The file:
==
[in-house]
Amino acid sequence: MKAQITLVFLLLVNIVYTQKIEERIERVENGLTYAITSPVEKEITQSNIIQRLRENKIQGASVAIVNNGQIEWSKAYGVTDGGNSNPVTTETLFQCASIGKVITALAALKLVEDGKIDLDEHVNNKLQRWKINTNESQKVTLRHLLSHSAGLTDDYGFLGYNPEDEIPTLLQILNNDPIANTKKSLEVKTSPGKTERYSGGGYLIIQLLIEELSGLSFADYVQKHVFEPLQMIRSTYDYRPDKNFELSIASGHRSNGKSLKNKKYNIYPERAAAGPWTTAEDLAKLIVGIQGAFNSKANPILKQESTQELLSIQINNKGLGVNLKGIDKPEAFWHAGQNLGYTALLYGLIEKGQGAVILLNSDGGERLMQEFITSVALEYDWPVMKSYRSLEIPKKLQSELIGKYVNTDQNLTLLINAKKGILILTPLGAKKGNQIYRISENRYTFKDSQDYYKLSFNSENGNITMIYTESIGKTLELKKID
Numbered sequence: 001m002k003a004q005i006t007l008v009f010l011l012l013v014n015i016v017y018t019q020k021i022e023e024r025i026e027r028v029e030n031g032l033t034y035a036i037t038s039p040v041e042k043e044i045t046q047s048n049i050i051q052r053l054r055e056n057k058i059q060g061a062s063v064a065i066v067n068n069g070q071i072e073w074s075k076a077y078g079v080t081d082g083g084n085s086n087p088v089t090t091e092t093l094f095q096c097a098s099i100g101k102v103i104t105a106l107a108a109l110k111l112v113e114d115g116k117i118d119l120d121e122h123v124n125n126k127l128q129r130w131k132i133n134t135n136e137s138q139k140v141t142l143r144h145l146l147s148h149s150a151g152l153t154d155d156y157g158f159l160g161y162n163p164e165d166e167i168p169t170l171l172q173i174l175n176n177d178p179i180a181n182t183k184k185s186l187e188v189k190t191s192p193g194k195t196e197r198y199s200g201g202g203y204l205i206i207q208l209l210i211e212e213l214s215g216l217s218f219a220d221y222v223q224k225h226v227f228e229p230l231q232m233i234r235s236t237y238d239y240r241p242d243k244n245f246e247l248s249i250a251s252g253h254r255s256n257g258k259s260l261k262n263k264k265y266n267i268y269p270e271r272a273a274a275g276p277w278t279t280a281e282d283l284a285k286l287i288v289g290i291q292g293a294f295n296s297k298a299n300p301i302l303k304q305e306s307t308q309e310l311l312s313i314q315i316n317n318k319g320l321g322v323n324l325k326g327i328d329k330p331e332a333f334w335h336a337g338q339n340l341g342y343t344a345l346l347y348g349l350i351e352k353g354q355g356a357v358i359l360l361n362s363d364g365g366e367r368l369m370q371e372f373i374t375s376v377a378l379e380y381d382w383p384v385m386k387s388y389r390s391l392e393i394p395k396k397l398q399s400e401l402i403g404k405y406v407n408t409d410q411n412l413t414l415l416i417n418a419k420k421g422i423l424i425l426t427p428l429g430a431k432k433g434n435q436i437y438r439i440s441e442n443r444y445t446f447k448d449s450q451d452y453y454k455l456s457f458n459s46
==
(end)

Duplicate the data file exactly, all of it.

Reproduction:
[in-house]
Amino acid sequence: MKAQITLVFLLLVNIVYTQKIEERIERVENGLTYAITSPVEKEITQSNIIQRLRENKIQGASVAIVNNGQIEWSKAYGVTDGGNSNPVTTETLFQCASIGKVITALAALKLVEDGKIDLDEHVNNKLQRWKINTNESQKVTLRHLLSHSAGLTDDYGFLGYNPEDEIPTLLQILNNDPIANTKKSLEVKTSPGKTERYSGGGYLIIQLLIEELSGLSFADYVQKHVFEPLQMIRSTYDYRPDKNFELSIASGHRSNGKSLKNKKYNIYPERAAAGPWTTAEDLAKLIVGIQGAFNSKANPILKQESTQELLSIQINNKGLGVNLKGIDKPEAFWHAGQNLGYTALLYGLIEKGQGAVILLNSDGGERLMQEFITSVALEYDWPVMKSYRSLEIPKKLQSELIGKYVNTDQNLTLLINAKKGILILTPLGAKKGNQIYRISENRYTFKDSQDYYKLSFNSENGNITMIYTESIGKTLELKKID
Numbered sequence: 001m002k003a004q005i006t007l008v009f010l011l012l013v014n015i016v017y018t019q020k021i022e023e024r025i026e027r028v029e030n031g032l033t034y035a036i037t038s039p040v041e042k043e044i045t046q047s048n049i050i051q052r053l054r055e056n057k058i059q060g061a062s063v064a065i066v067n068n069g070q071i072e073w074s075k076a077y078g079v080t081d082g083g084n085s086n087p088v089t090t091e092t093l094f095q096c097a098s099i100g101k102v103i104t105a106l107a108a109l110k111l112v113e114d115g116k117i118d119l120d121e122h123v124n125n126k127l128q129r130w131k132i133n134t135n136e137s138q139k140v141t142l143r144h145l146l147s148h149s150a151g152l153t154d155d156y157g158f159l160g161y162n163p164e165d166e167i168p169t170l171l172q173i174l175n176n177d178p179i180a181n182t183k184k185s186l187e188v189k190t191s192p193g194k195t196e197r198y199s200g201g202g203y204l205i206i207q208l209l210i211e212e213l214s215g216l217s218f219a220d221y222v223q224k225h226v227f228e229p230l231q232m233i234r235s236t237y238d239y240r241p242d243k244n245f246e247l248s249i250a251s252g253h254r255s256n257g258k259s260l261k262n263k264k265y266n267i268y269p270e271r272a273a274a275g276p277w278t279t280a281e282d283l284a285k286l287i288v289g290i291q292g293a294f295n296s297k298a299n300p301i302l303k304q305e306s307t308q309e310l311l312s313i314q315i316n317n318k319g320l321g322v323n324l325k326g327i328d329k330p331e332a333f334w335h336a337g338q339n340l341g342y343t344a345l346l347y348g349l350i351e352k353g354q355g356a357v358i359l360l361n362s363d364g365g366e367r368l369m370q371e372f373i374t375s376v377a378l379e380y381d382w383p384v385m386k387s388y389r390s391l392e393i394p395k396k397l398q399s400e401l402i403g404k405y406v407n408t409d410q411n412l413t414l415l416i417n418a419k420k421g422i423l424i425l426t427p428l429g430a431k432k433g434n435q436i437y438r439i440s441e442n443r444y445t446f447k448d449s450q451d452y453y454k455l456s457f458n459s46